At the intersection of environmentalism and craft beer is Mill House Brewing Company’s Ship Rocked IPA, a beer made in collaboration with Riverkeeper and Clearwater. The IPA brewed with Hudson River drinking water and cascade hops rested aboard the rocking sloop Clearwater for six weeks, creating a mildly bitter, oaky and caramel flavored beer.
The idea came to Dan Shapley, Water Quality Program Director at Riverkeeper, and Jamie Bishop, brewmaster at Mill House Brewing Company, from different angles. Shapley was interested in new ways to get the public interested in source water protection, and Bishop wanted to create a true IPA—brewed to withstand a long journey on a rocking ship, and fermented in barrels the way it would have been in the 1700s. The wooden barrels were at the mercy of the environment imparting unique flavors onto the Ship Rocked IPA that brewers do not normally get through modern, steel tank fermentation processes.
This is the second year that Mill House has made a Ship Rocked IPA, and Shapley is looking at ways to make the special beer even more available. “Riverkeeper and Mill House are excited to see the project grow, and we’d like to partner with more boats to brew a bigger batch of beer in 2019,” said Shapley. “We’d like to see the beer on tap not only at special tasting events, but at bars and restaurants throughout the valley.”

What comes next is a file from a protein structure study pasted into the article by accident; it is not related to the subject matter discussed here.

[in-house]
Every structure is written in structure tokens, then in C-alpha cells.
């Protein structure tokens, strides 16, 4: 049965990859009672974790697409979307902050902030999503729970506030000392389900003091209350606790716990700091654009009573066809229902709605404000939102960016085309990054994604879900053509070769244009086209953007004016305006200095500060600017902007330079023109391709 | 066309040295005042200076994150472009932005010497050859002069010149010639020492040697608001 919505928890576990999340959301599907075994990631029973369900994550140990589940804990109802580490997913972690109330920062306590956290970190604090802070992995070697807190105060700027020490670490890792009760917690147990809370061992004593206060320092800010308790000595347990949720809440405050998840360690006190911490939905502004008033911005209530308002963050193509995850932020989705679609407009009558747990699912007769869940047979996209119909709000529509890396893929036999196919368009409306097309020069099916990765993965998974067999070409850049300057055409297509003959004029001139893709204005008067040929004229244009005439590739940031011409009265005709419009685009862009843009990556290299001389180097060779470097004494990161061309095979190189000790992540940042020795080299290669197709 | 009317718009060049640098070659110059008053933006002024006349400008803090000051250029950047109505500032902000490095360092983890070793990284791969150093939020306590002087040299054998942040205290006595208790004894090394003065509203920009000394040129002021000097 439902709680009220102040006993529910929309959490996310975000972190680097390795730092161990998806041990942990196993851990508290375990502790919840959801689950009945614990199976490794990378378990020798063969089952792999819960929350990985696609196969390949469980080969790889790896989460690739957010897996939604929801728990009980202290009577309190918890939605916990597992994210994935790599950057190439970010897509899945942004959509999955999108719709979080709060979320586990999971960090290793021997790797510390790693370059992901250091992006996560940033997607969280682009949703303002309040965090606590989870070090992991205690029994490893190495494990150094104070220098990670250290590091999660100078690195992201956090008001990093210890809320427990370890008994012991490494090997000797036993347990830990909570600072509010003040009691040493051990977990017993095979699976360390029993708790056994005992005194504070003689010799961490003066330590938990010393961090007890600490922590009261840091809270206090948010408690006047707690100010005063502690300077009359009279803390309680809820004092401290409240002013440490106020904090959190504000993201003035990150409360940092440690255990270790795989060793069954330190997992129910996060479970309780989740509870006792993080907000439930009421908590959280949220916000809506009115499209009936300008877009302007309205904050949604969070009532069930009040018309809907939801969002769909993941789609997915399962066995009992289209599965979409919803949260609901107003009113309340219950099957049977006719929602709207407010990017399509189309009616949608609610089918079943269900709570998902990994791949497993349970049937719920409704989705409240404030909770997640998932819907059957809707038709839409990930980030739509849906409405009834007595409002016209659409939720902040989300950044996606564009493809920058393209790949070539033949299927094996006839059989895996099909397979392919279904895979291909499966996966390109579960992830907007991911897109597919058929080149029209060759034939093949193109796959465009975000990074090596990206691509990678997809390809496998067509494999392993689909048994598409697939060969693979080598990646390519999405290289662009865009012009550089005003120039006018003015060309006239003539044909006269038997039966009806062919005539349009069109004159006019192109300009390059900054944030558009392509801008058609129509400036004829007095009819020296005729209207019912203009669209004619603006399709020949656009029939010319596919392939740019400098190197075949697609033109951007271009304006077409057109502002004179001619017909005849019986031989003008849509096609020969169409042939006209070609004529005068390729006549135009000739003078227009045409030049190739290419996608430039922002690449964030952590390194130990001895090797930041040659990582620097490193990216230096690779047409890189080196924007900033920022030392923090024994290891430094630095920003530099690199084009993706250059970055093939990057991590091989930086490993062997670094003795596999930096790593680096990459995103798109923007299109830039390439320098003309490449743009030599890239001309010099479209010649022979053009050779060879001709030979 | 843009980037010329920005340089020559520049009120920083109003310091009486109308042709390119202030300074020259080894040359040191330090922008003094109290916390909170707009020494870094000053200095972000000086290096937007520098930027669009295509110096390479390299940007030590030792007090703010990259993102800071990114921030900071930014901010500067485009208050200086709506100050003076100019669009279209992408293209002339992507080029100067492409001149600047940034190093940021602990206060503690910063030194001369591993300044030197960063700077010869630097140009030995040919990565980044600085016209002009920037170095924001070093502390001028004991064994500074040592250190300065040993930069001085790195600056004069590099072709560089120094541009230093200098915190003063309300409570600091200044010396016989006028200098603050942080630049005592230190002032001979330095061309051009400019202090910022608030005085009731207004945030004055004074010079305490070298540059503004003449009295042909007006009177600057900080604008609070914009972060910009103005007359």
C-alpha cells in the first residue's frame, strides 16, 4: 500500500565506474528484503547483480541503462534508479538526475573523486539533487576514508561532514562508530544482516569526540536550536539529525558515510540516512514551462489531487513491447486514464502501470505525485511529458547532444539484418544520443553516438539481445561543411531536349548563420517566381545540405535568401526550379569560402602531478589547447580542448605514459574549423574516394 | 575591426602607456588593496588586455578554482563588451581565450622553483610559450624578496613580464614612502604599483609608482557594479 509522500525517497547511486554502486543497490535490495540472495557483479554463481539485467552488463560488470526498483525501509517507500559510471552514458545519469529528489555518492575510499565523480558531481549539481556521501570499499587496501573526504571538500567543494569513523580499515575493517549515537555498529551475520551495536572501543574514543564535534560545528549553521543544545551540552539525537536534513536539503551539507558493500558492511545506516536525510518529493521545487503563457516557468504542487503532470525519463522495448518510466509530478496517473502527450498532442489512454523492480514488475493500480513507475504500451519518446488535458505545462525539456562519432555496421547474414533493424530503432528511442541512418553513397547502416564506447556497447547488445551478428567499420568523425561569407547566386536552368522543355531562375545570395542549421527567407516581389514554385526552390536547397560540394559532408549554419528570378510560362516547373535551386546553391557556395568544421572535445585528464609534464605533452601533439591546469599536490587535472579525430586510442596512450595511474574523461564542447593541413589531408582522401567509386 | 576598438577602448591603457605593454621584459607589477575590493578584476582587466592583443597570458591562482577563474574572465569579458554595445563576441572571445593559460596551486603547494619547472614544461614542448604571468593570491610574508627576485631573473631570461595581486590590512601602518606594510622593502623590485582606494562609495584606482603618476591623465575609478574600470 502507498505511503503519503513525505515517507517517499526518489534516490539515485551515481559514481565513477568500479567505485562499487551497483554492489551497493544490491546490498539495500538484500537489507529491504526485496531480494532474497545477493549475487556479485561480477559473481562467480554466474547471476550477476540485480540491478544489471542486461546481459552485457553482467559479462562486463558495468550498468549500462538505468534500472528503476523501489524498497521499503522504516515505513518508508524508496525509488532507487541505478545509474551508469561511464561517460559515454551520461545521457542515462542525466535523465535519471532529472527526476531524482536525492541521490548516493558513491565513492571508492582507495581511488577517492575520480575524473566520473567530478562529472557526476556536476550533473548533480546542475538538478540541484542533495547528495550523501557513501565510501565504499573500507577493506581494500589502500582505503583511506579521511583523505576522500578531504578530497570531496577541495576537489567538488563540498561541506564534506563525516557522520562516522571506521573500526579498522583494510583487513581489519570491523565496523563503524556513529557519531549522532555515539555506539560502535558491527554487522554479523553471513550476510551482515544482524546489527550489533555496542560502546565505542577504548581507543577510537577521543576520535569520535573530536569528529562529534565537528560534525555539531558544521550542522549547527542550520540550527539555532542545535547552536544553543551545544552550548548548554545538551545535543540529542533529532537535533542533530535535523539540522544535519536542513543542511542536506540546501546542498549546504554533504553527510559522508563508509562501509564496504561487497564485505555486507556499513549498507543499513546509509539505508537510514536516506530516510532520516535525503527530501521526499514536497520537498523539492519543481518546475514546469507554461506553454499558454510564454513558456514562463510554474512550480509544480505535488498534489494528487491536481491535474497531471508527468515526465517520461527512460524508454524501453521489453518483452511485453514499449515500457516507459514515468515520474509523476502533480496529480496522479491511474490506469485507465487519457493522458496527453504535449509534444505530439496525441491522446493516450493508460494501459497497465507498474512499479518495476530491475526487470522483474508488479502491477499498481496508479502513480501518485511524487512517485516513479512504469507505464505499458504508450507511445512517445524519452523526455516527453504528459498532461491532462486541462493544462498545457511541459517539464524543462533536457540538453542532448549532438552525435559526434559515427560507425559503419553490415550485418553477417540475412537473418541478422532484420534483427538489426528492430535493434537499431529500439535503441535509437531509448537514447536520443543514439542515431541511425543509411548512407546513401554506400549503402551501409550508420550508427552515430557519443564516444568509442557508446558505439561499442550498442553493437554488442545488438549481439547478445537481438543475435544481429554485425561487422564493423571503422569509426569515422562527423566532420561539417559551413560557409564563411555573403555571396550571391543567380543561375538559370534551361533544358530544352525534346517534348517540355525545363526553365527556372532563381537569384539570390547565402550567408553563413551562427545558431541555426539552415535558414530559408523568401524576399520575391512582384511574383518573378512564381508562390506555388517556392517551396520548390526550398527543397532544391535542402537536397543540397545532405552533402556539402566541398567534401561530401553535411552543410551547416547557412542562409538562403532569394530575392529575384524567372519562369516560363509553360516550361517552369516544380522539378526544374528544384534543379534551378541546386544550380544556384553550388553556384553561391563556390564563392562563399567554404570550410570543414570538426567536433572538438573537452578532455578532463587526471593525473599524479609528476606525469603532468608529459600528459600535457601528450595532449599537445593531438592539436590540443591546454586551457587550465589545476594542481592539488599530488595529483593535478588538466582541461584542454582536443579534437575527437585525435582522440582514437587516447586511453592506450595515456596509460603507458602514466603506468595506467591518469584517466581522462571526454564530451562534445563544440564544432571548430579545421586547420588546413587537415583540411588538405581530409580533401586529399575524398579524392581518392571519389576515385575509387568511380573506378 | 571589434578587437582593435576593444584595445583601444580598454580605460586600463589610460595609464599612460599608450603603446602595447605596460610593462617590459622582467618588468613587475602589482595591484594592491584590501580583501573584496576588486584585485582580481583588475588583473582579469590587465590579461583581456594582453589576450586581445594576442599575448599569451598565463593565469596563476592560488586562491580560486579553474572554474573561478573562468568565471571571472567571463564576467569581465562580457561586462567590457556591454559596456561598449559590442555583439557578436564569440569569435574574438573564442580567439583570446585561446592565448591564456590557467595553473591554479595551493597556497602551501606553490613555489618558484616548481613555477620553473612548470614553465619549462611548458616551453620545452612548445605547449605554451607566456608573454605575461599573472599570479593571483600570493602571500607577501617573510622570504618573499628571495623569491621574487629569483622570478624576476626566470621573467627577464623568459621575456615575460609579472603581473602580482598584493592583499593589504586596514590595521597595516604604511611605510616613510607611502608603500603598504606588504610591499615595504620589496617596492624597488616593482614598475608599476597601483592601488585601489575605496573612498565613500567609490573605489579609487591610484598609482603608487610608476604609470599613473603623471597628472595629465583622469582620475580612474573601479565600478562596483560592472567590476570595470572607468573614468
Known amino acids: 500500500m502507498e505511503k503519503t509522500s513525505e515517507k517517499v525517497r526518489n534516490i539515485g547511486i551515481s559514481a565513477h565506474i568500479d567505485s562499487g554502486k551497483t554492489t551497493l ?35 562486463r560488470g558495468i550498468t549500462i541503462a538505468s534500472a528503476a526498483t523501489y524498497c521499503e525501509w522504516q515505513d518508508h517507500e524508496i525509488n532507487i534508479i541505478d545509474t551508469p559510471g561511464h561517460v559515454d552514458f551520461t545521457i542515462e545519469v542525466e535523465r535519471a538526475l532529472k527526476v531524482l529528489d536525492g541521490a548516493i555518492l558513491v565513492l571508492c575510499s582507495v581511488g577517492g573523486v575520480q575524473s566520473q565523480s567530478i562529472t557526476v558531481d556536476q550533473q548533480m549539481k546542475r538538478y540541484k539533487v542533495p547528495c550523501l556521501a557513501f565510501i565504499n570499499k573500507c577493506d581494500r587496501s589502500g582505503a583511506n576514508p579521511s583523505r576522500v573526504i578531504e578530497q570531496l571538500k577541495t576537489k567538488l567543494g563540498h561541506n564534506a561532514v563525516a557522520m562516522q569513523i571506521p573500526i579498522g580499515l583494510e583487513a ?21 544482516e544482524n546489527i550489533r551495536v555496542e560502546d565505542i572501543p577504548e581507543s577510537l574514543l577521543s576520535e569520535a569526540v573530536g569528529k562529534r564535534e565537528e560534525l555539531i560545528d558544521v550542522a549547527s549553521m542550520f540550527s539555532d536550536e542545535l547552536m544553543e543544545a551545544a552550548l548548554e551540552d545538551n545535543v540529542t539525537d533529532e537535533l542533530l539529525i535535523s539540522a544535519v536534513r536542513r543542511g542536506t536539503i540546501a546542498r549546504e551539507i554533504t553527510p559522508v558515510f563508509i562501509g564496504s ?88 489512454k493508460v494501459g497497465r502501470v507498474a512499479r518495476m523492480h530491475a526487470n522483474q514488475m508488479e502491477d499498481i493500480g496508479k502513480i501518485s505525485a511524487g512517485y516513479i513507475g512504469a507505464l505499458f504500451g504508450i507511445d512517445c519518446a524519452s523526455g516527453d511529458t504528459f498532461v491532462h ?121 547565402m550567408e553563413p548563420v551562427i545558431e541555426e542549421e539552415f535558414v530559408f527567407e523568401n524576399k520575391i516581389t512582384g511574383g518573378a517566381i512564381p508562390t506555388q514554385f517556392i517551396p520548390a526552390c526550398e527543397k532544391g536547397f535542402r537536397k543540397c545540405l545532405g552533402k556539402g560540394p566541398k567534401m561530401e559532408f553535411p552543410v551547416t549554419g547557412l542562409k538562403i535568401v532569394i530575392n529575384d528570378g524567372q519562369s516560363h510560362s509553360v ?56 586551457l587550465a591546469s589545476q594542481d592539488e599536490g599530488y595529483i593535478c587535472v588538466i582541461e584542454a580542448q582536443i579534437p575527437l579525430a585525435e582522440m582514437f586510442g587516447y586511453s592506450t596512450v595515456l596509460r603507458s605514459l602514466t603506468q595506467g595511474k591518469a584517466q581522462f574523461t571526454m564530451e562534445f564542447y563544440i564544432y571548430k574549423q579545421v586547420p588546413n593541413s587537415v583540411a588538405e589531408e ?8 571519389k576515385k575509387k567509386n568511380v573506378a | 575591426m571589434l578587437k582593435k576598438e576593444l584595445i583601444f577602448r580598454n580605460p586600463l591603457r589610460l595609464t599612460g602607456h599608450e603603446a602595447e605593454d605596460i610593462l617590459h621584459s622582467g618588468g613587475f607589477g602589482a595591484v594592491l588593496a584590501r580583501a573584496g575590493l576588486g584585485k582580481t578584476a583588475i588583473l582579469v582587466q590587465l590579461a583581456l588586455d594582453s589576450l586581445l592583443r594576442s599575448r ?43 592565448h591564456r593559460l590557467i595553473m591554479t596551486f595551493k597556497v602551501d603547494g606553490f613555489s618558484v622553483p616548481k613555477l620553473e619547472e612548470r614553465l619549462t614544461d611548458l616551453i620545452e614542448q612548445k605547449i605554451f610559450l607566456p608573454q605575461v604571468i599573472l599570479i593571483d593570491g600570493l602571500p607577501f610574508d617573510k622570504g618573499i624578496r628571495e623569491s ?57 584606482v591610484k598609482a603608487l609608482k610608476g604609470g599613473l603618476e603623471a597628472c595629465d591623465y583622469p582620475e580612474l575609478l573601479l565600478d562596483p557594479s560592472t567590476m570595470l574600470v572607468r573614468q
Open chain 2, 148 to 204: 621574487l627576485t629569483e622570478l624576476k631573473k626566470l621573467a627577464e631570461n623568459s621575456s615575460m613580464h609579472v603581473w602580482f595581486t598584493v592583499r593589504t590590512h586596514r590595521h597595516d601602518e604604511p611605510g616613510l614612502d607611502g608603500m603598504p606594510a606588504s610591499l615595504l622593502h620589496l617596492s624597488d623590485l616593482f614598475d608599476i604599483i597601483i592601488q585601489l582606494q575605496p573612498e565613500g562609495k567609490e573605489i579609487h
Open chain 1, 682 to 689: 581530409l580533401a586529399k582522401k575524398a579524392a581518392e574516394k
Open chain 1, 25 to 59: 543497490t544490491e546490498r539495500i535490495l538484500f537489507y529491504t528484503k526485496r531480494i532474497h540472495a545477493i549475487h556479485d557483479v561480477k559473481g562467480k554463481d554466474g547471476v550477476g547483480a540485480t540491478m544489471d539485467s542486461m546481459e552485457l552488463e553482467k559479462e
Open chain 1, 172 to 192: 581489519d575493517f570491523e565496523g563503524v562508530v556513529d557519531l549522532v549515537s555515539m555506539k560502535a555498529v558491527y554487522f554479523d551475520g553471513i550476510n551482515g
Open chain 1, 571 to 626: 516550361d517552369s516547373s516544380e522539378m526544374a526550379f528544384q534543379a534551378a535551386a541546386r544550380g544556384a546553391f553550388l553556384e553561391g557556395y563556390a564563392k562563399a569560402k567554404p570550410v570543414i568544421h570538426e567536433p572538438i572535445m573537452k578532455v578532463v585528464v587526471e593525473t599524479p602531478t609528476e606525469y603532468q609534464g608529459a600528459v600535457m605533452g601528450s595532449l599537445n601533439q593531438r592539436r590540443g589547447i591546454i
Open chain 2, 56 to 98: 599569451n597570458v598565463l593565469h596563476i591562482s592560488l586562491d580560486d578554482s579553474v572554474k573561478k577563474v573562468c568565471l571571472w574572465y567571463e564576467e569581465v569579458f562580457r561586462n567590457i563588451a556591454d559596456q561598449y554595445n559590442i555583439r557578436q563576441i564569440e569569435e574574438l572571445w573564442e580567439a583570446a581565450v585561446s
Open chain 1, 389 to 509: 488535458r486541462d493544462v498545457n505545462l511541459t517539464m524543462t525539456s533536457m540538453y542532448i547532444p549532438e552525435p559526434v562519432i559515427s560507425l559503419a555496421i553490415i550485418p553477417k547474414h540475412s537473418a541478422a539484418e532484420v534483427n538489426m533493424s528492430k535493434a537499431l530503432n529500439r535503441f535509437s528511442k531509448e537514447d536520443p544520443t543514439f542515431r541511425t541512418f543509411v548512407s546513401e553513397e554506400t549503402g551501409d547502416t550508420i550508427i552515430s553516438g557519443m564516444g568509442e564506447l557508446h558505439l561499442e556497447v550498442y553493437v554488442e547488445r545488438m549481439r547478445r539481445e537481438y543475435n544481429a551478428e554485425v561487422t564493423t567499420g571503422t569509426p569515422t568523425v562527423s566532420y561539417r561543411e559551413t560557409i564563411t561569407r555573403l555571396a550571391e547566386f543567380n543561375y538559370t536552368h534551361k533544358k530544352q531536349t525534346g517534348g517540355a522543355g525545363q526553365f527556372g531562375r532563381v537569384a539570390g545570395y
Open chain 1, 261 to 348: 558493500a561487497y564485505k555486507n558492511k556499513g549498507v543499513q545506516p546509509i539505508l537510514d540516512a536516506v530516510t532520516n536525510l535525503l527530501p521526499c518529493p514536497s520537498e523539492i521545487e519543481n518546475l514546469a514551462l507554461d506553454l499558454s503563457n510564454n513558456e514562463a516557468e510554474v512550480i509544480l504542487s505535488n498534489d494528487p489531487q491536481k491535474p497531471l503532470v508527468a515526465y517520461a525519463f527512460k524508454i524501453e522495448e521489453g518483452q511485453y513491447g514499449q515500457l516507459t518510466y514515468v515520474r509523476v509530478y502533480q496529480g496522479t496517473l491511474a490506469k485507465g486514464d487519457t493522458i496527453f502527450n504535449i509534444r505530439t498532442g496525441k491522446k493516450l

Water is one of the four main ingredients in beer, which is why source water is important to brewers, too. Bishop considers Hudson River water ideal for brewing because of its mineral content. While well water contains minerals that naturally flavor the water, the surface water provided by the Hudson River and its tributaries provide brewers a clean canvas on which to build a more authentic flavor profile for their beer.
Thanks to initiatives enforced by Riverkeeper, nearly 100,000 Hudson Valley residents, including entire colleges and hospital systems can rely on the Hudson River for clean water. Using beer to highlight the Hudson’s role as a drinking water source is Riverkeeper’s most unique benefit for source water protection. However, this is not Riverkeeper’s only brewery collaboration. During the Riverkeeper Sweep, an early May Hudson River clean-up project, volunteers from 109 different community service groups can receive a beer “on the house” from a partnering brewery. “Beer is an exciting way to connect people to [Riverkeeper’s] mission,” said Shapley.
The amount of breweries in the Hudson Valley make it the “Napa of beer.” Riverkeeper would like to see more breweries participating in watershed protection efforts, as a way to educate consumers about their water sources and how to protect them. “I imagine a day when we have a Source Water 12-pack, with each of 12 breweries contributing a beer that tells the story of its brewery’s source of drinking water.”
There are two more opportunities to try the Ship Rocked IPA. On Sept 12 at 5pm at Mill House Brewing Company try a pint of Ship Rocked while watching National Geographic filmmaker Jon Bowermaster’s new short film, Source to Sea. Mill House will also have a secret keg of Ship Rocked IPA at the Hudson River Craft Beer Festival on September 15 at Riverfront Park in Beacon. “We’re grateful for Mill House for donating proceeds of the project to Riverkeeper,” said Shapley, “but more important than the financial support is the ability to reach a large group of Hudson Valley residents and educate them about the importance of protecting the Hudson River.”